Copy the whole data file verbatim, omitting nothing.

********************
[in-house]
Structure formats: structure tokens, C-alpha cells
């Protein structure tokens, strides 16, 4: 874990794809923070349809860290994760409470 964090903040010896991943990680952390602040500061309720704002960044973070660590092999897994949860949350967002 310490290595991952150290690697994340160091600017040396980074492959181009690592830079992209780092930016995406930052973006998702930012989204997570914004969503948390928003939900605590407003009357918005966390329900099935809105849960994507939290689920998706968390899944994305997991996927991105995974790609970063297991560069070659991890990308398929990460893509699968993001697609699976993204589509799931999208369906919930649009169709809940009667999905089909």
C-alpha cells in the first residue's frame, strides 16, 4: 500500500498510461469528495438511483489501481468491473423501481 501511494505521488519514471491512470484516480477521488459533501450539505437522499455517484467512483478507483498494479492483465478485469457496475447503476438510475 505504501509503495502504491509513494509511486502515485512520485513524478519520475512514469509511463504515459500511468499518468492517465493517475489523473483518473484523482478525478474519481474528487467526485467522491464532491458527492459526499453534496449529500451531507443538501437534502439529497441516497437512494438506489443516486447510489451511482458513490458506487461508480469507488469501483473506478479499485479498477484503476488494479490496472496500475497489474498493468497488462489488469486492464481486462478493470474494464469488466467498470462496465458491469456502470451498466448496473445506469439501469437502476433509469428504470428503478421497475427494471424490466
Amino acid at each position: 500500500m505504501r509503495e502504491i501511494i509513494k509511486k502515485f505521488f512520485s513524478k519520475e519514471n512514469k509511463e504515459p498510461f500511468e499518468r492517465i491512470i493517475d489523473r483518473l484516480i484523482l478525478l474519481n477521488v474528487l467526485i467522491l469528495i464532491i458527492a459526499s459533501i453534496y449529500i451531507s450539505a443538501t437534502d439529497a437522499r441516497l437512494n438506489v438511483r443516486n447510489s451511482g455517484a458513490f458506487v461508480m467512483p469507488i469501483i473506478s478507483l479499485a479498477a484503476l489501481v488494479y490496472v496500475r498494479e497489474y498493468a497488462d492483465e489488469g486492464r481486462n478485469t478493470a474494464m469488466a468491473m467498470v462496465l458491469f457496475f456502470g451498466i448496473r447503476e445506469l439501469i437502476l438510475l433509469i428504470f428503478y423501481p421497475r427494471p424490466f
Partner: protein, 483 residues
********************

[in-house]
Structure formats: structure tokens, C-alpha cells
């Protein structure tokens, strides 16, 4: 874990794809923070349809860290994760409470 964090903040010896991943990680952390602040500061309720704002960044973070660590092999897994949860949350967002 310490290595991952150290690697994340160091600017040396980074492959181009690592830079992209780092930016995406930052973006998702930012989204997570914004969503948390928003939900605590407003009357918005966390329900099935809105849960994507939290689920998706968390899944994305997991996927991105995974790609970063297991560069070659991890990308398929990460893509699968993001697609699976993204589509799931999208369906919930649009169709809940009667999905089909």
C-alpha cells in the first residue's frame, strides 16, 4: 500500500498510461469528495438511483489501481468491473423501481 501511494505521488519514471491512470484516480477521488459533501450539505437522499455517484467512483478507483498494479492483465478485469457496475447503476438510475 505504501509503495502504491509513494509511486502515485512520485513524478519520475512514469509511463504515459500511468499518468492517465493517475489523473483518473484523482478525478474519481474528487467526485467522491464532491458527492459526499453534496449529500451531507443538501437534502439529497441516497437512494438506489443516486447510489451511482458513490458506487461508480469507488469501483473506478479499485479498477484503476488494479490496472496500475497489474498493468497488462489488469486492464481486462478493470474494464469488466467498470462496465458491469456502470451498466448496473445506469439501469437502476433509469428504470428503478421497475427494471424490466
Amino acid at each position: 500500500m505504501r509503495e502504491i501511494i509513494k509511486k502515485f505521488f512520485s513524478k519520475e519514471n512514469k509511463e504515459p498510461f500511468e499518468r492517465i491512470i493517475d489523473r483518473l484516480i484523482l478525478l474519481n477521488v474528487l467526485i467522491l469528495i464532491i458527492a459526499s459533501i453534496y449529500i451531507s450539505a443538501t437534502d439529497a437522499r441516497l437512494n438506489v438511483r443516486n447510489s451511482g455517484a458513490f458506487v461508480m467512483p469507488i469501483i473506478s478507483l479499485a479498477a484503476l489501481v488494479y490496472v496500475r498494479e497489474y498493468a497488462d492483465e489488469g486492464r481486462n478485469t478493470a474494464m469488466a468491473m467498470v462496465l458491469f457496475f456502470g451498466i448496473r447503476e445506469l439501469i437502476l438510475l433509469i428504470f428503478y423501481p421497475r427494471p424490466f
Partner: protein, 483 residues